In a nutshell, sorting is nothing but arranging data in a particular fashion. Selection sort is a popular sorting algorithm.

In Selection sort, First and foremost the list is divided into two parts left part being the sorted which is initially empty and right part unsorted which at the very beginning is the entire list then at each step elements are recursively compared and swapped depending on the condition till the list is entirely sorted.

While sorting a list in ascending order first, we need to go through the entire list and then find the minimum element and swap it with the element in the leftmost. Next, we need to find the second smallest element and swap it with the 2nd element of the list, and this keeps on going until the entire list is sorted.

Similarly, for sorting a list or array in descending order, we need to find the maximum element and swap it with the first element and so on.

Since at each step we are selecting the next element for the sorted list hence named selection sort.Below

## Algorithm For Selection Sort In Python

**Step 1**– Select the minimum element of the list and swap it with the first element (for Ascending order).**Step 2:**In every comparison, if any element is found smaller than the selected element, then both are swapped.**Step 3:**Repeat the same procedure with the element in the next position in the list until the entire list is sorted.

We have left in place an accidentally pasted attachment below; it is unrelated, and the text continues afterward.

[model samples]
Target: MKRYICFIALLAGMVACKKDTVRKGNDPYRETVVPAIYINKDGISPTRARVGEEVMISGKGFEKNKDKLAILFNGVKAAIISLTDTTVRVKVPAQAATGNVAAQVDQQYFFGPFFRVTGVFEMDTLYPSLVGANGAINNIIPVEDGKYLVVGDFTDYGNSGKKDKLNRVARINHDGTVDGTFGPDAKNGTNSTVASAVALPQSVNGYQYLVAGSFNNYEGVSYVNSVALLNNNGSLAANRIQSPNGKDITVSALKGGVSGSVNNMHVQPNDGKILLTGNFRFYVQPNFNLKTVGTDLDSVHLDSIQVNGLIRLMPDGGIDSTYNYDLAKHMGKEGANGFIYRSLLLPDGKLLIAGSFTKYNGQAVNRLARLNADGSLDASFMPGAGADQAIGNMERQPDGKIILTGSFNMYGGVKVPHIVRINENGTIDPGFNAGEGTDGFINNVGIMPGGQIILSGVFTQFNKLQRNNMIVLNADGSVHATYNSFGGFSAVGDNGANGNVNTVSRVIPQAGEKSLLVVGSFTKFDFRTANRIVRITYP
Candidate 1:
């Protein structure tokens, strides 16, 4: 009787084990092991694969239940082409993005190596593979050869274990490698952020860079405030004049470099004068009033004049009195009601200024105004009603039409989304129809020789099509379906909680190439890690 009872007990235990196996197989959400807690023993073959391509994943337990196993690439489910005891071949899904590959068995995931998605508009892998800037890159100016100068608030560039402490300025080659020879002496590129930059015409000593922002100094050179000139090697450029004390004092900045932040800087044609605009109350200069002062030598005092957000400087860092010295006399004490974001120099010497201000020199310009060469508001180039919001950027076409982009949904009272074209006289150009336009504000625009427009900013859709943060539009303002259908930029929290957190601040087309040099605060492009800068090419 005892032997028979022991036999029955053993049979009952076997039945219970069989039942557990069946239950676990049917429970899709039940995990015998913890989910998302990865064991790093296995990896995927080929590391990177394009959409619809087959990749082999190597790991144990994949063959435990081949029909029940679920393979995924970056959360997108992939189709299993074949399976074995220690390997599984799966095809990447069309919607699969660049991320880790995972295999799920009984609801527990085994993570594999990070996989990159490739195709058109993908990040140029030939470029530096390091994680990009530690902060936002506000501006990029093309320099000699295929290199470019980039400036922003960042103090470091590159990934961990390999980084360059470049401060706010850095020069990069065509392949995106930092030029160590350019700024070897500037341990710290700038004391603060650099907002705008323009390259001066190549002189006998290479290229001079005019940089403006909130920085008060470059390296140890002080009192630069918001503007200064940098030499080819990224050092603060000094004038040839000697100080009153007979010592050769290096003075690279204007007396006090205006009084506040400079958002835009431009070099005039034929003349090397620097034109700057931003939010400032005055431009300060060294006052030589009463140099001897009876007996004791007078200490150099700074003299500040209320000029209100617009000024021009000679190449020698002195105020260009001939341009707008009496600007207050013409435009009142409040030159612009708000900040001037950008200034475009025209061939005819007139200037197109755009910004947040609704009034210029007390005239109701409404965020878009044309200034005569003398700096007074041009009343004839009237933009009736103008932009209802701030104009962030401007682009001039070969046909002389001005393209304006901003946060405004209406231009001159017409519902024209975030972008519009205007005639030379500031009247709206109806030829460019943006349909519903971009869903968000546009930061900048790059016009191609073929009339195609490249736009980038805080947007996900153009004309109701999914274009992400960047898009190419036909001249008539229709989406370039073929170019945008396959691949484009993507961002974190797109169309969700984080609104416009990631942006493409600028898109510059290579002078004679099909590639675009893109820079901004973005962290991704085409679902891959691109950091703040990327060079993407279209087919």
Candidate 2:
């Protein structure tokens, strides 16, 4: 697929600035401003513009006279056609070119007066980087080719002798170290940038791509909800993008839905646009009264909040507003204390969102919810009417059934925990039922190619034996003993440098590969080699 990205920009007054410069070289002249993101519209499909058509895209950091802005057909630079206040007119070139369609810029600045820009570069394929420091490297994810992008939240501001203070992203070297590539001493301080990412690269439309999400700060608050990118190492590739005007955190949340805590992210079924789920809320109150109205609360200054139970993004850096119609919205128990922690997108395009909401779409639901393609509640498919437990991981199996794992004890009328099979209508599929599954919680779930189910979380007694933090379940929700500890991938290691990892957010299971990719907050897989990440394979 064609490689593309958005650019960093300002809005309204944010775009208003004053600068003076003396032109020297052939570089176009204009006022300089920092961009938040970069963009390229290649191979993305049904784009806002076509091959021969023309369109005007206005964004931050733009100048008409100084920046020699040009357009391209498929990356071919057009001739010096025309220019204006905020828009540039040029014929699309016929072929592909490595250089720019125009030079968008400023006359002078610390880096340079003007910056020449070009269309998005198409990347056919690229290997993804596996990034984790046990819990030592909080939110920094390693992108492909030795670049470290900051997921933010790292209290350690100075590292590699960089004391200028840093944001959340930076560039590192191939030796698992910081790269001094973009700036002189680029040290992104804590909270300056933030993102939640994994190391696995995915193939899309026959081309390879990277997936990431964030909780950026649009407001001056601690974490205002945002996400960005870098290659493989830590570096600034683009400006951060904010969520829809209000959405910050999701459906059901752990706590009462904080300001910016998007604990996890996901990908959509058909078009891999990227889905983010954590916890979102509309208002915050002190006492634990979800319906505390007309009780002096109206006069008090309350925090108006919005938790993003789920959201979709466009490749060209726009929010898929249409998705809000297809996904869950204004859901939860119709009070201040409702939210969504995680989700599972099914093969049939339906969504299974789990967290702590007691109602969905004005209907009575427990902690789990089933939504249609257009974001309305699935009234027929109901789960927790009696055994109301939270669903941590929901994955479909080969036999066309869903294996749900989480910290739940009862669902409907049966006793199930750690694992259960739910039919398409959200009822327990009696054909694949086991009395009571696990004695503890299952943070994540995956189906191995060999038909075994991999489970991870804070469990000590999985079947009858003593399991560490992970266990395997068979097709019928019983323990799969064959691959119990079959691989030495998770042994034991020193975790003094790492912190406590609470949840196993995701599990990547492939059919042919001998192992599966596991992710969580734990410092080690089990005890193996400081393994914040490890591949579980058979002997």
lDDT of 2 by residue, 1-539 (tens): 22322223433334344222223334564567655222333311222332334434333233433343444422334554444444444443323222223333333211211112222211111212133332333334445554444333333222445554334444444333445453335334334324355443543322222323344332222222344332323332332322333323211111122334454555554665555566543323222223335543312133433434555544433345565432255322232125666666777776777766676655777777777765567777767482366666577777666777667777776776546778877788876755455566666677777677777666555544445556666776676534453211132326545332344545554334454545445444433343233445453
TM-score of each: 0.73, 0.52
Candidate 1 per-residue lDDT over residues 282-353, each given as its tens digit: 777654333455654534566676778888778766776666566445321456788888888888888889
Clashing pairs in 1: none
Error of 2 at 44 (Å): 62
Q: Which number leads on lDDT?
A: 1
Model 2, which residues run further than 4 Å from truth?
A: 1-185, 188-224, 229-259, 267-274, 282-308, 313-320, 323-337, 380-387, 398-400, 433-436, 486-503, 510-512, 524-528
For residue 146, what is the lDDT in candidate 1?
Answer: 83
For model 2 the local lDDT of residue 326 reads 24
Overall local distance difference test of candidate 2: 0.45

## Python Program For Selection Sort

```
# Sorting function
def selection_sort(l):
for start in range(len(l)):
min_pos = start
for i in range(start, len(l)):
if l[i] < l[min_pos]:
min_pos = i
# swap values
(l[start], l[min_pos]) = (l[min_pos], l[start])
# Test input
l = [54, 26, 93, 17, 77, 31, 44, 55, 20]
selection_sort(l)
print(l)
```

**Output:**

`[17, 20, 26, 31, 44, 54, 55, 77, 93]`

## Explanation:

In the above program, the `start`

position is initially 0 at each iteration it keeps increasing till the limit `len(l)`

, at every iteration when the nested loop finds a smaller element than the element at the position `start`

the values get swapped this continues until the entire list is sorted.

## Analysis Of Selection Sort

For an unsorted sequence of length `n`

the algorithm requires `n`

step for the first scan then at each iteration it reduces by 1. Mathematically this can be expressed as,

`T(n) = n + (n-1) + (n-2) + ....+ 1 = n(n+1)/2 = O(<b>n<sup>2</sup></b>)`

The above expression concludes that this algorithm is proportional to **n ^{2}**. Therefore for a given list of size

**n**, the time complexity of selection sort can be expressed as,

Worst Case Time Complexity [ Big-O ]: **O(n ^{2})**

Best Case Time Complexity [Big-omega]: **O(n ^{2})**

Average Time Complexity [Big-theta]: **O(n ^{2})**

Space Complexity: **O(1)**